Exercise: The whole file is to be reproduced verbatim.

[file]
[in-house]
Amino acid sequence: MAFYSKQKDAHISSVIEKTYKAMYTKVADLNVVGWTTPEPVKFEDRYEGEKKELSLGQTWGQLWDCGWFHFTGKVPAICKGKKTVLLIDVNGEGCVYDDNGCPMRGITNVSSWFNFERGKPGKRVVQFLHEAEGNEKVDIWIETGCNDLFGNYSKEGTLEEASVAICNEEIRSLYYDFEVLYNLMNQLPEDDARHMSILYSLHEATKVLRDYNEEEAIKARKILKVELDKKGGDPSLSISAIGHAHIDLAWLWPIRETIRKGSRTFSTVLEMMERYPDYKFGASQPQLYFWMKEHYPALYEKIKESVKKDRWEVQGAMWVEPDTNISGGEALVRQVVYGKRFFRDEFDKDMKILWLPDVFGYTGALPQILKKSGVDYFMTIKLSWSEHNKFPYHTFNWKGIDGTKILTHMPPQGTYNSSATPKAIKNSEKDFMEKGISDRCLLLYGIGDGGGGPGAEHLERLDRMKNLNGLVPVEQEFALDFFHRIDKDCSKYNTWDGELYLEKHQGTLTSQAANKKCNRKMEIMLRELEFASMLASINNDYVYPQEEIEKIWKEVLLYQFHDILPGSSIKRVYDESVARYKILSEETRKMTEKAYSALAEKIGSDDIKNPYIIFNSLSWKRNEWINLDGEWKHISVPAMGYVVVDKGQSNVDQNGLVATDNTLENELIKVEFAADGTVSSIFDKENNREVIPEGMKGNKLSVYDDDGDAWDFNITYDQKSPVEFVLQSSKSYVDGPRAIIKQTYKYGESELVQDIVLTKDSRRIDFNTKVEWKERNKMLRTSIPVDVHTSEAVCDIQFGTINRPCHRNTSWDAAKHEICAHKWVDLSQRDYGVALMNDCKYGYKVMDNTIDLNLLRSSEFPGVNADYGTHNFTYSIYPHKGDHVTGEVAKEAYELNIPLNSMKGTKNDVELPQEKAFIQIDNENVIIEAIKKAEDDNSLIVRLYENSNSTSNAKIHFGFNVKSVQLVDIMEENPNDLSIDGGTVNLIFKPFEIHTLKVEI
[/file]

[in-house]
Amino acid sequence: MAFYSKQKDAHISSVIEKTYKAMYTKVADLNVVGWTTPEPVKFEDRYEGEKKELSLGQTWGQLWDCGWFHFTGKVPAICKGKKTVLLIDVNGEGCVYDDNGCPMRGITNVSSWFNFERGKPGKRVVQFLHEAEGNEKVDIWIETGCNDLFGNYSKEGTLEEASVAICNEEIRSLYYDFEVLYNLMNQLPEDDARHMSILYSLHEATKVLRDYNEEEAIKARKILKVELDKKGGDPSLSISAIGHAHIDLAWLWPIRETIRKGSRTFSTVLEMMERYPDYKFGASQPQLYFWMKEHYPALYEKIKESVKKDRWEVQGAMWVEPDTNISGGEALVRQVVYGKRFFRDEFDKDMKILWLPDVFGYTGALPQILKKSGVDYFMTIKLSWSEHNKFPYHTFNWKGIDGTKILTHMPPQGTYNSSATPKAIKNSEKDFMEKGISDRCLLLYGIGDGGGGPGAEHLERLDRMKNLNGLVPVEQEFALDFFHRIDKDCSKYNTWDGELYLEKHQGTLTSQAANKKCNRKMEIMLRELEFASMLASINNDYVYPQEEIEKIWKEVLLYQFHDILPGSSIKRVYDESVARYKILSEETRKMTEKAYSALAEKIGSDDIKNPYIIFNSLSWKRNEWINLDGEWKHISVPAMGYVVVDKGQSNVDQNGLVATDNTLENELIKVEFAADGTVSSIFDKENNREVIPEGMKGNKLSVYDDDGDAWDFNITYDQKSPVEFVLQSSKSYVDGPRAIIKQTYKYGESELVQDIVLTKDSRRIDFNTKVEWKERNKMLRTSIPVDVHTSEAVCDIQFGTINRPCHRNTSWDAAKHEICAHKWVDLSQRDYGVALMNDCKYGYKVMDNTIDLNLLRSSEFPGVNADYGTHNFTYSIYPHKGDHVTGEVAKEAYELNIPLNSMKGTKNDVELPQEKAFIQIDNENVIIEAIKKAEDDNSLIVRLYENSNSTSNAKIHFGFNVKSVQLVDIMEENPNDLSIDGGTVNLIFKPFEIHTLKVEI